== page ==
This is the first of four weekly installments on the Spirituality of the Domestic Church.
The family is experiencing grave oppression from society and the world. Our society lacks the proper respect due to the family, which the Church has long considered as the “first and vital cell of society” (see Rerum Novarum, art. 12; Casti Connubii, art. 8; Humane Vitae, art. 23; and Familiaris Consortio, art. 42, et alia). If we wish to renew the understanding of family in our society, it is important for Christians to understand what it means to be a family. Particularly in this four-part series, we will look at the spirituality of the family as the domestic church. This spirituality will be the ultimate remedy for our society’s lack of understanding of and appreciation for transcendence in the midst of, to borrow Josef Pieper’s term, the “workaday world.” In these first two parts, we shall look at the biblical roots of the family as the domestic church, first in the Old Testament and then in the New Testament. The third part will discuss the family and the cross of Christ, and the fourth and final part will look at the relationship of the liturgy and the family.
In the Old Testament, we find models that prefigure the domestic church, which is only fully revealed at the coming of Christ. Psalms 127 and 128 reminds us that the household that fears the Lord will experience the favor of God. Psalm 127 opens with the following: “Unless the Lord builds the house, those who build it labor in vain” (Psalm 127:1, RSV). In reference to the Israelites trying to build their own cities, houses, or monuments in their own name (see 1 Samuel 15:12 and 2 Samuel 18:18), rather than in the name of the Lord, the Psalmist is showing that God must be the builder of the house. In other words, when we attempt to build our house without God, we end up only building it after our own name. Instead, our whole life is meant to be for the praise and glory of God, and nothing could be truer of the household of the family as well. Furthermore, Psalm 128 begins, “Blessed is everyone who fears the Lord, who walks in his ways! You shall eat the fruit of the labor of your hands; you shall be happy, and it shall be well with you” (Psalm 128:1-2). In an almost reversal of the curses of Adam, in which he was told that he would eat in toil (see Genesis 3:17), the man who has reverence for the Lord and follows his commands will be blessed and happy in his labor.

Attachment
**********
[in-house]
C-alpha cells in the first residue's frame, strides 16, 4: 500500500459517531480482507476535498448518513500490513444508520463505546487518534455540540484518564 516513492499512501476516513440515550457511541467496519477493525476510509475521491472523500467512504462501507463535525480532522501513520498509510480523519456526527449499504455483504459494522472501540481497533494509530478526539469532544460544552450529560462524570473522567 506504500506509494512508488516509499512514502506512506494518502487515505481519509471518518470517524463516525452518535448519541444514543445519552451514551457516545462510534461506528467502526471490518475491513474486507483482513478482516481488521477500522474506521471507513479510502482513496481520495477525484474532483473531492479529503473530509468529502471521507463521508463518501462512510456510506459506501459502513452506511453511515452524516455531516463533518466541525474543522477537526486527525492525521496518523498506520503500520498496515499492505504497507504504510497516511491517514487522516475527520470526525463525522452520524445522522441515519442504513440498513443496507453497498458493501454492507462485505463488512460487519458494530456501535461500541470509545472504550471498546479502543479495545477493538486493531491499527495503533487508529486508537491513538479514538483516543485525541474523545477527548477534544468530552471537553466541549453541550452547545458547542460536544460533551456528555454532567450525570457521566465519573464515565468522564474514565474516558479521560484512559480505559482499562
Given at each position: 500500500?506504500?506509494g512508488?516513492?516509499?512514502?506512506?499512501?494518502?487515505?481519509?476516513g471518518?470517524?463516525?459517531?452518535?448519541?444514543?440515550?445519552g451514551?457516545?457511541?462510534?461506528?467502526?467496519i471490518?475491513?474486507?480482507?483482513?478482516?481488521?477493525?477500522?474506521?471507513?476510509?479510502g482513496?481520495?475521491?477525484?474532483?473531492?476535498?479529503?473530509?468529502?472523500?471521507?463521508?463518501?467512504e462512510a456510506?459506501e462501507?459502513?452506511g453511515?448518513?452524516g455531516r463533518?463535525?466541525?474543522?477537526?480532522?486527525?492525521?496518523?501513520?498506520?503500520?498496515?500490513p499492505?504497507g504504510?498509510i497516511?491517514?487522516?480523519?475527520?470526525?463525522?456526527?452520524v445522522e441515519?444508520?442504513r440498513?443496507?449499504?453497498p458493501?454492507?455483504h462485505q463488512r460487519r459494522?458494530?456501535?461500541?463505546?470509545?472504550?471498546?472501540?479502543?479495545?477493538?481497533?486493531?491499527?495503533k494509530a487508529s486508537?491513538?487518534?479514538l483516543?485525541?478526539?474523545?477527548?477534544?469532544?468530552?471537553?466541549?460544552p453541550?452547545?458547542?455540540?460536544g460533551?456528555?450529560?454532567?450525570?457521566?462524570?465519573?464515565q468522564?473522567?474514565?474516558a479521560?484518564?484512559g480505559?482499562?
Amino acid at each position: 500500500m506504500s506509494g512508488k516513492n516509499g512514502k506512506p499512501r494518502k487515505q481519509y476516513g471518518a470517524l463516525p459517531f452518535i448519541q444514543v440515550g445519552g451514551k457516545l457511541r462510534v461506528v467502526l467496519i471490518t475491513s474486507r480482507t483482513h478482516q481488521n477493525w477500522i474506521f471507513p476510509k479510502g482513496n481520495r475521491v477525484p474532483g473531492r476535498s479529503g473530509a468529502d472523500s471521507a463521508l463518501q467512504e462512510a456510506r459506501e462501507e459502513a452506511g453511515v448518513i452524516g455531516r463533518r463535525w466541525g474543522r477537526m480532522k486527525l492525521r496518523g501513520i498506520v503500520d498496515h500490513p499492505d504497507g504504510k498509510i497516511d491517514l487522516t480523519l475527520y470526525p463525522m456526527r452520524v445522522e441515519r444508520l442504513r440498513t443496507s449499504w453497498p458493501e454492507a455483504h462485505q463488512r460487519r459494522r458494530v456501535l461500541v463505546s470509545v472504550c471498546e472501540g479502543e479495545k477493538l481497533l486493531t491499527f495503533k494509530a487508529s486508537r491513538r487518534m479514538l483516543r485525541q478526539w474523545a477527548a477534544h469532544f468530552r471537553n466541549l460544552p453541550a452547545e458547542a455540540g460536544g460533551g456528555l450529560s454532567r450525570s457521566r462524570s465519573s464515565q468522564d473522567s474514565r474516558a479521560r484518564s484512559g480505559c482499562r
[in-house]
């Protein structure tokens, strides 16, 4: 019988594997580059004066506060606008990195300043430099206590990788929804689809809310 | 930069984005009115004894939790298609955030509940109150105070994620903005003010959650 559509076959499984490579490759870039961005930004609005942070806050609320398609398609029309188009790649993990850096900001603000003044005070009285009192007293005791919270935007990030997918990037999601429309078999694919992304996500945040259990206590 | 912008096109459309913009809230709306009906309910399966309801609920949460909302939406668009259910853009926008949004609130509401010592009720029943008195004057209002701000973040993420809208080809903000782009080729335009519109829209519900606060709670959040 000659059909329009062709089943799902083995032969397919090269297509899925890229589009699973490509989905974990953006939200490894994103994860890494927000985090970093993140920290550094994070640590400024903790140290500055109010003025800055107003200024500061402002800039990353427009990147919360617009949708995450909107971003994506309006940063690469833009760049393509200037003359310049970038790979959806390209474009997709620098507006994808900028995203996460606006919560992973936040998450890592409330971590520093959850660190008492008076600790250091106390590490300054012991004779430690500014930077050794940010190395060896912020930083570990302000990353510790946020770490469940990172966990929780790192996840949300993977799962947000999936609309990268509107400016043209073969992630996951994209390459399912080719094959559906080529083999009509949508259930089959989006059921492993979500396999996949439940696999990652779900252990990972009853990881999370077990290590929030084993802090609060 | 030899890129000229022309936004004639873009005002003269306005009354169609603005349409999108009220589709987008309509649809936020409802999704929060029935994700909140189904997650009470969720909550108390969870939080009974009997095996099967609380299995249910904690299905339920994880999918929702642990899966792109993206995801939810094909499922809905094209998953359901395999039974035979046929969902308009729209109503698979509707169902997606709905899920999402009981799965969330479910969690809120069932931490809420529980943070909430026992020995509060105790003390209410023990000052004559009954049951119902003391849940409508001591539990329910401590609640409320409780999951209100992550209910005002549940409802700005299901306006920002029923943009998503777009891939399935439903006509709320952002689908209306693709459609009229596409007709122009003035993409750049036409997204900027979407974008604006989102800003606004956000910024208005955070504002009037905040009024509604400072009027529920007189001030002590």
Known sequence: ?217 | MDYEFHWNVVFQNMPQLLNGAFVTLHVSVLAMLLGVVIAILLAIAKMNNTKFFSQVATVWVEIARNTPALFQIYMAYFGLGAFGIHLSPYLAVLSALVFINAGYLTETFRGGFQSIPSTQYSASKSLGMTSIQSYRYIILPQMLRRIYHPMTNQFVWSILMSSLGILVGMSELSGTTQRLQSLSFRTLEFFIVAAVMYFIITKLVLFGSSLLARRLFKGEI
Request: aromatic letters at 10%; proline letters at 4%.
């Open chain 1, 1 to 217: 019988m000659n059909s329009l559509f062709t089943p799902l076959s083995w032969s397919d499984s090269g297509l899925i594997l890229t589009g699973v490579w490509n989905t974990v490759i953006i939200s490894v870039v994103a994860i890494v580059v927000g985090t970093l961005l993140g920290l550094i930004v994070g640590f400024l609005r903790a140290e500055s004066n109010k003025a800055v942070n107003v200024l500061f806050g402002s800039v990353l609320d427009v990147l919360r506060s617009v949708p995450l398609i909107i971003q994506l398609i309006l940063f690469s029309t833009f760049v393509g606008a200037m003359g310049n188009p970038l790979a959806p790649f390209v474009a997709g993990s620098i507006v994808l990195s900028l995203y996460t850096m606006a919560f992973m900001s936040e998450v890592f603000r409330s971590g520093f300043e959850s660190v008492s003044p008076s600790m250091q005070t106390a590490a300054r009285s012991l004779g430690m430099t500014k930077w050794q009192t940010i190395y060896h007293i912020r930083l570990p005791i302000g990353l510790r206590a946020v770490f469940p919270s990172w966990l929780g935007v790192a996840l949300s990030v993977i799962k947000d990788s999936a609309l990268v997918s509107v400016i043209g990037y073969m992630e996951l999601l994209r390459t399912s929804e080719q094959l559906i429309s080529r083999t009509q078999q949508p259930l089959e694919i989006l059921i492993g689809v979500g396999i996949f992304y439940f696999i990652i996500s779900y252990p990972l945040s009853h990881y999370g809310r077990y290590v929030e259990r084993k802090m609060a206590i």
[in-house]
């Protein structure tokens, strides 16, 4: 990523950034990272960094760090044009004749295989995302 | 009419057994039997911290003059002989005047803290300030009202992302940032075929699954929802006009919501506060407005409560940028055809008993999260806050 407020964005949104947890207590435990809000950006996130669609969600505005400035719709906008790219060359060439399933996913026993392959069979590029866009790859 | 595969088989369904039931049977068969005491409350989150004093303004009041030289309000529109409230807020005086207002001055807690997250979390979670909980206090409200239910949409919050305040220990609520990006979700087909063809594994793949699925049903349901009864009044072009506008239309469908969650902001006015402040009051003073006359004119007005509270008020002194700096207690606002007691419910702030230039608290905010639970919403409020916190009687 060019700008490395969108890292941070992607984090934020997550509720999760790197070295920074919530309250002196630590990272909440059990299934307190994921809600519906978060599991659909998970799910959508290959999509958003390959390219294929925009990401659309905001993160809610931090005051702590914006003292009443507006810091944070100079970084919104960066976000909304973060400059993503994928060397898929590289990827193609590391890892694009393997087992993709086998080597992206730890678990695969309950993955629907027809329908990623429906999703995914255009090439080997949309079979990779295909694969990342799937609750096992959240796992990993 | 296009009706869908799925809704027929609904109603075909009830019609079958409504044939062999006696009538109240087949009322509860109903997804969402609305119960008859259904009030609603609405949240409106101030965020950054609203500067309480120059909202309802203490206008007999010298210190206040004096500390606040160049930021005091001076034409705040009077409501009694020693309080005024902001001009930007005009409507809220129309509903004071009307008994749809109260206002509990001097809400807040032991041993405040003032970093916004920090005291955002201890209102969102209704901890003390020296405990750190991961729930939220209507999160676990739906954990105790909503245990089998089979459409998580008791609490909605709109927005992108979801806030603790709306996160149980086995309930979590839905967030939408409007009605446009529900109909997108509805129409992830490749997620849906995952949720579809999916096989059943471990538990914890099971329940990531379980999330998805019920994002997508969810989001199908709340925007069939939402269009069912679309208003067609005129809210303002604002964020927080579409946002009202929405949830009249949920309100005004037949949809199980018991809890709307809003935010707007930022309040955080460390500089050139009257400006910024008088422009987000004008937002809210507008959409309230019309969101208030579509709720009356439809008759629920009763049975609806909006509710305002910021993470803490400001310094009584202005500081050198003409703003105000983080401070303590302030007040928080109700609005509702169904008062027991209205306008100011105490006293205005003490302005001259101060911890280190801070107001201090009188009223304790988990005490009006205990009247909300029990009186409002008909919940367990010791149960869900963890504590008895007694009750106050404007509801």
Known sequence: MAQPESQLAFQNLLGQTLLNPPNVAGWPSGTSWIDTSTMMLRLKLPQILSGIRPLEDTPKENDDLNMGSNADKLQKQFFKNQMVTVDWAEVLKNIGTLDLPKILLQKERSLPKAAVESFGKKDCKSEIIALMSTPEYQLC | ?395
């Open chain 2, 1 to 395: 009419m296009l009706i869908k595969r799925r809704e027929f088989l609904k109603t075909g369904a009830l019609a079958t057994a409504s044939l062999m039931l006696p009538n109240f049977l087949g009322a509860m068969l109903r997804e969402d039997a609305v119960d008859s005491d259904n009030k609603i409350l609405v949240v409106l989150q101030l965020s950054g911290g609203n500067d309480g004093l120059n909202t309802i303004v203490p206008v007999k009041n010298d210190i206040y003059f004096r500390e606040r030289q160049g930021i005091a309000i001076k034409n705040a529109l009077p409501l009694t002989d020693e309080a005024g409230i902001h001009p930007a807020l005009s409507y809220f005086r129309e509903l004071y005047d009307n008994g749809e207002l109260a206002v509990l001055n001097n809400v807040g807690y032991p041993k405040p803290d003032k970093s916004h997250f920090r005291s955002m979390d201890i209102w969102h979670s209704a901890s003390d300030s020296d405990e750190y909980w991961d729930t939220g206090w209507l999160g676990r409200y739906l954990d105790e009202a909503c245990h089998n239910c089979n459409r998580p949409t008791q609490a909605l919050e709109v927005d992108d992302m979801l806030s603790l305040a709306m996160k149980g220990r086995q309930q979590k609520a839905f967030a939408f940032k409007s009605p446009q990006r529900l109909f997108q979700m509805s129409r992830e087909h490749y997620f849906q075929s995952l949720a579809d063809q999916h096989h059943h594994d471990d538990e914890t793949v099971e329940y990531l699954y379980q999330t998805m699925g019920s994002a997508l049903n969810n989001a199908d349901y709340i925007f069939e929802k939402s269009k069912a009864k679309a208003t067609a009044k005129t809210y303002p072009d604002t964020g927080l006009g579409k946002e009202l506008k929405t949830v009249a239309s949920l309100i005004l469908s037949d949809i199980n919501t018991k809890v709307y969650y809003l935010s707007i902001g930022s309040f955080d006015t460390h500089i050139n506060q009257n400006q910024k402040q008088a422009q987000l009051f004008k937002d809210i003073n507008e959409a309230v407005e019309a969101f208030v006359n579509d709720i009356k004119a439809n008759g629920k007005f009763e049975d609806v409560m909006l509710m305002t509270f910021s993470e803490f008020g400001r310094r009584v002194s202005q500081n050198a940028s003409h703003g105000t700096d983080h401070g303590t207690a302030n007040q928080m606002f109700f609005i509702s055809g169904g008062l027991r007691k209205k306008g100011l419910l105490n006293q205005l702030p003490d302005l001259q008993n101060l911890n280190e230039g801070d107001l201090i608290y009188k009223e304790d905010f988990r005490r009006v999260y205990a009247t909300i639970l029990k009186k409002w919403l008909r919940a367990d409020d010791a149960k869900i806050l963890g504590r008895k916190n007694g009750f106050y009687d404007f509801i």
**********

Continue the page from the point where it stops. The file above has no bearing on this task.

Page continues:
Such a blessed man will also be rewarded a happy household: “Your wife will be like a fruitful vine within your house; your children will be like olive shoots around your table” (Psalm 128:3). The Psalmist then repeats the opening lines: “Behold, thus shall the man be blessed who fears the Lord” (Psalm 128:4). It is clear that the household fearing and reverencing the Lord will be greatly blessed by him. Not only will they enjoy the fruits of the labor, for which the man works, but also, the wife will be fruitful, both spiritually and physically. The man and his wife together will bear many children, such that their house will be filled with joy and love. This household is like the man of Psalm 1, whose “delight is in the law of the Lord” (Psalm 1:2). Such a man is the opposite of the wicked one, who is “like chaff which the wind drives away,” (Psalm 1:4) because he does not follow in the way of the Lord.